Bulldozing the Cadre Who Revamped Kunming

Warm, sunny Kunming brimmed with charm before Communist Party leader Qiu He brought an autocratic style of governance to town and spurred the urbanization campaign that preceded his downfall.

Today, this historic city in southwestern China is a concrete jungle where, according to former Yunnan province Party Secretary Qin Guangrong, Qiu's bad leadership can be blamed for the loss of much of Kunming's cultural identity.

During a Qiu-led urban redevelopment campaign that rapidly changed Kunming, Qin said, the city government's "management methods reflected weaknesses in rule of law."

Now, the law is biting back. Qiu was recently detained by the Party's Central Commission for Discipline Inspection (CCDI) on graft charges stemming from his oversight of Kunming as Yunnan's deputy Party secretary.

Authorities have also detained Qiu's personal secretary, Xie Xinsong, who most recently served as a deputy mayor of Kunming, and they're probing businessman Liu Weigao, a longtime Qiu associate. Another former deputy mayor of Kunming, Li Xi, has been targeted as well.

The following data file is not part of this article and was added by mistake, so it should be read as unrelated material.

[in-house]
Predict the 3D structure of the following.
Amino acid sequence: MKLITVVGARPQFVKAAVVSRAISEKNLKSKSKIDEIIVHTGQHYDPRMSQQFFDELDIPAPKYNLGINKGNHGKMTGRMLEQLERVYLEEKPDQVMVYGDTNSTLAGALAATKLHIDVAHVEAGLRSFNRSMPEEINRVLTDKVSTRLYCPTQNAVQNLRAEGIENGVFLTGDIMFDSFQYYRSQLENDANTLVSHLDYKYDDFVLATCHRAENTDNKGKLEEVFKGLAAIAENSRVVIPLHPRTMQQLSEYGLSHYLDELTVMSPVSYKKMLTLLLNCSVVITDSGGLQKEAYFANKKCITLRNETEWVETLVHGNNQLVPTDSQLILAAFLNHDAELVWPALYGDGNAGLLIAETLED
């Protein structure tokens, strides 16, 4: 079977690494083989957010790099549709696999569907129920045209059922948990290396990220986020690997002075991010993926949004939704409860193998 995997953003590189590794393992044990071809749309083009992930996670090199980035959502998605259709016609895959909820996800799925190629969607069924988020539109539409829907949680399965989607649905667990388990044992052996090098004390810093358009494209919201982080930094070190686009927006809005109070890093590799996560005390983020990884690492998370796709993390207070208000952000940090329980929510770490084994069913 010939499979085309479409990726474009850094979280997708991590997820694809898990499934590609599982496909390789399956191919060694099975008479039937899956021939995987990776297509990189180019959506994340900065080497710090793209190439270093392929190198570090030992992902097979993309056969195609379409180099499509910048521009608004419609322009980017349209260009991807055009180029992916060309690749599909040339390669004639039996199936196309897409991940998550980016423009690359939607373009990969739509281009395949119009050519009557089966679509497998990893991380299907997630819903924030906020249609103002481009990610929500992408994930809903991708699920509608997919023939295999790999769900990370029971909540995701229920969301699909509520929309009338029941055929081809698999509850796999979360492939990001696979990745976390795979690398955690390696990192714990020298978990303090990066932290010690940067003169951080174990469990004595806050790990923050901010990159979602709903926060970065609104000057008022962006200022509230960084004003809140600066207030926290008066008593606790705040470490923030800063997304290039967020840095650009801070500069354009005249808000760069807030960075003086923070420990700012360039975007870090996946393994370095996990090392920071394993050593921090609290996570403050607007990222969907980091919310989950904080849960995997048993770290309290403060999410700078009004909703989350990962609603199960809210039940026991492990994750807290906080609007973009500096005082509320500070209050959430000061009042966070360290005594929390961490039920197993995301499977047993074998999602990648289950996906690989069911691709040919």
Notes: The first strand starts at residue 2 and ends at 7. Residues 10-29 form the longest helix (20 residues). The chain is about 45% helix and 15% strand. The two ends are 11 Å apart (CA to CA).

Qiu, 58, was taken into custody March 15 at a Beijing hotel where he and other Yunnan officials were staying while attending an 11-day session of the National People's Congress (NPC). Without being specific, the CCDI said Qiu was being investigated for "serious violations of discipline and the law." Details of the detention, including Qiu's whereabouts, were not disclosed.

Qiu's heavy-handedness in Kunming and during his tenure as a Party official in the eastern province of Jiangsu made him one of China's most controversial regional leaders.

Ji Weidong, a former director of Shanghai Jiaotong University's KoGuan Law School, said Qiu got things done wherever he served, but he basically bulldozed his way to success.

Ji summed up Qiu's approach this way: "Advocate extraordinary economic development and use authoritarianism with threats of heavy penalties to implement policies, all while ignoring or pressuring opponents."

Some Shocked, Some Not

A Yunnan official who attended the NPC sessions as a provincial delegate said Qiu was taken away about three hours after the event closed.

"Many were shocked," said the delegate. "Maybe only the provincial Party secretary and governor knew in advance" that Qiu would be detained.

Nevertheless, the delegate said that since February the word in some official circles in Yunnan was that Qiu was in trouble. A key reason was that his name had been informally linked to talk of an inquiry by Party officials into the business activities of Liu, the former chairman of a Kunming-based conglomerate called Zhonghao Commercial Group.

Liu, a Jiangsu native, and Zhonghao made money through property development, logistics, and tourism businesses, the delegate said.